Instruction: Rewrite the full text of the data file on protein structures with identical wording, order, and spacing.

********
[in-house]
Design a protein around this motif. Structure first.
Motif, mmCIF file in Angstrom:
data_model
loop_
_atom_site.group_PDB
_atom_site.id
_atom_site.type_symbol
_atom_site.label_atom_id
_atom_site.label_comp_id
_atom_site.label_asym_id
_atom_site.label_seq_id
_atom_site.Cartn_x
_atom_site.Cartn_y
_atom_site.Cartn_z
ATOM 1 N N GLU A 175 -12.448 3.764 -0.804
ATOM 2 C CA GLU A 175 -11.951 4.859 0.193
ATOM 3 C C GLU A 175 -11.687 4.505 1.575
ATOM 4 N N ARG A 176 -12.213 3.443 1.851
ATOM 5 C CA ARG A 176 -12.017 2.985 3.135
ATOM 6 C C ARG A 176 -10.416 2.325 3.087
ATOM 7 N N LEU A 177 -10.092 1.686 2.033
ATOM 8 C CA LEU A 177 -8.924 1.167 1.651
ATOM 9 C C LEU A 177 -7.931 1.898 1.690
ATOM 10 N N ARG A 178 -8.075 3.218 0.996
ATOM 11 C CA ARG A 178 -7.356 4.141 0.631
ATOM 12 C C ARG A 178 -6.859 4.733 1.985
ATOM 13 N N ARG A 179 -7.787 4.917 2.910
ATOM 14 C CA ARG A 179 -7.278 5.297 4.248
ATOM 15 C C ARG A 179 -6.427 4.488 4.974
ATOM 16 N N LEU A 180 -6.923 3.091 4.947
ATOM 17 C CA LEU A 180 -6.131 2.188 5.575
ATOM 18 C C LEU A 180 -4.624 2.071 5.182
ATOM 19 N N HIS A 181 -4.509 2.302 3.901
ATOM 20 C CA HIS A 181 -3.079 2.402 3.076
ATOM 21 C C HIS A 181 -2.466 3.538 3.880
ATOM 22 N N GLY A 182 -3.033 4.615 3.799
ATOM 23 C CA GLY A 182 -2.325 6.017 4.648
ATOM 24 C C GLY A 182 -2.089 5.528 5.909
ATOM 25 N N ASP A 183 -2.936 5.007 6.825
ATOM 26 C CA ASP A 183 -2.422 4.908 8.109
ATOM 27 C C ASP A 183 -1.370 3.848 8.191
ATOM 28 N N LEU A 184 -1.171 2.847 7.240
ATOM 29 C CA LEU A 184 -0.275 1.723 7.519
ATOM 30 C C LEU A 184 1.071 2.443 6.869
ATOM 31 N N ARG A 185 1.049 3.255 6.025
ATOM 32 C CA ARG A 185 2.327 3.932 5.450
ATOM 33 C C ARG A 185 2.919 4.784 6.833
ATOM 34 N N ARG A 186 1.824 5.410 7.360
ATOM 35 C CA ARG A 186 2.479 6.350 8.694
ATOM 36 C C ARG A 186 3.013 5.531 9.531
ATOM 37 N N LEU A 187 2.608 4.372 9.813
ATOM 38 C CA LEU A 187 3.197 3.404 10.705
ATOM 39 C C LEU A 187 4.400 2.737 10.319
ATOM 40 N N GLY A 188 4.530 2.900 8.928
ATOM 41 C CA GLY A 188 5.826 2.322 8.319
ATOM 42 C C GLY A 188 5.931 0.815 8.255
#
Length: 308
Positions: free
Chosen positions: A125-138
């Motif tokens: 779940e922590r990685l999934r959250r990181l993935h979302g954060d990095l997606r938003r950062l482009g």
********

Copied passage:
[in-house]
Design a protein around this motif. Structure first.
Motif, mmCIF file in Angstrom:
data_model
loop_
_atom_site.group_PDB
_atom_site.id
_atom_site.type_symbol
_atom_site.label_atom_id
_atom_site.label_comp_id
_atom_site.label_asym_id
_atom_site.label_seq_id
_atom_site.Cartn_x
_atom_site.Cartn_y
_atom_site.Cartn_z
ATOM 1 N N GLU A 175 -12.448 3.764 -0.804
ATOM 2 C CA GLU A 175 -11.951 4.859 0.193
ATOM 3 C C GLU A 175 -11.687 4.505 1.575
ATOM 4 N N ARG A 176 -12.213 3.443 1.851
ATOM 5 C CA ARG A 176 -12.017 2.985 3.135
ATOM 6 C C ARG A 176 -10.416 2.325 3.087
ATOM 7 N N LEU A 177 -10.092 1.686 2.033
ATOM 8 C CA LEU A 177 -8.924 1.167 1.651
ATOM 9 C C LEU A 177 -7.931 1.898 1.690
ATOM 10 N N ARG A 178 -8.075 3.218 0.996
ATOM 11 C CA ARG A 178 -7.356 4.141 0.631
ATOM 12 C C ARG A 178 -6.859 4.733 1.985
ATOM 13 N N ARG A 179 -7.787 4.917 2.910
ATOM 14 C CA ARG A 179 -7.278 5.297 4.248
ATOM 15 C C ARG A 179 -6.427 4.488 4.974
ATOM 16 N N LEU A 180 -6.923 3.091 4.947
ATOM 17 C CA LEU A 180 -6.131 2.188 5.575
ATOM 18 C C LEU A 180 -4.624 2.071 5.182
ATOM 19 N N HIS A 181 -4.509 2.302 3.901
ATOM 20 C CA HIS A 181 -3.079 2.402 3.076
ATOM 21 C C HIS A 181 -2.466 3.538 3.880
ATOM 22 N N GLY A 182 -3.033 4.615 3.799
ATOM 23 C CA GLY A 182 -2.325 6.017 4.648
ATOM 24 C C GLY A 182 -2.089 5.528 5.909
ATOM 25 N N ASP A 183 -2.936 5.007 6.825
ATOM 26 C CA ASP A 183 -2.422 4.908 8.109
ATOM 27 C C ASP A 183 -1.370 3.848 8.191
ATOM 28 N N LEU A 184 -1.171 2.847 7.240
ATOM 29 C CA LEU A 184 -0.275 1.723 7.519
ATOM 30 C C LEU A 184 1.071 2.443 6.869
ATOM 31 N N ARG A 185 1.049 3.255 6.025
ATOM 32 C CA ARG A 185 2.327 3.932 5.450
ATOM 33 C C ARG A 185 2.919 4.784 6.833
ATOM 34 N N ARG A 186 1.824 5.410 7.360
ATOM 35 C CA ARG A 186 2.479 6.350 8.694
ATOM 36 C C ARG A 186 3.013 5.531 9.531
ATOM 37 N N LEU A 187 2.608 4.372 9.813
ATOM 38 C CA LEU A 187 3.197 3.404 10.705
ATOM 39 C C LEU A 187 4.400 2.737 10.319
ATOM 40 N N GLY A 188 4.530 2.900 8.928
ATOM 41 C CA GLY A 188 5.826 2.322 8.319
ATOM 42 C C GLY A 188 5.931 0.815 8.255
#
Length: 308
Positions: free
Chosen positions: A125-138
């Motif tokens: 779940e922590r990685l999934r959250r990181l993935h979302g954060d990095l997606r938003r950062l482009g």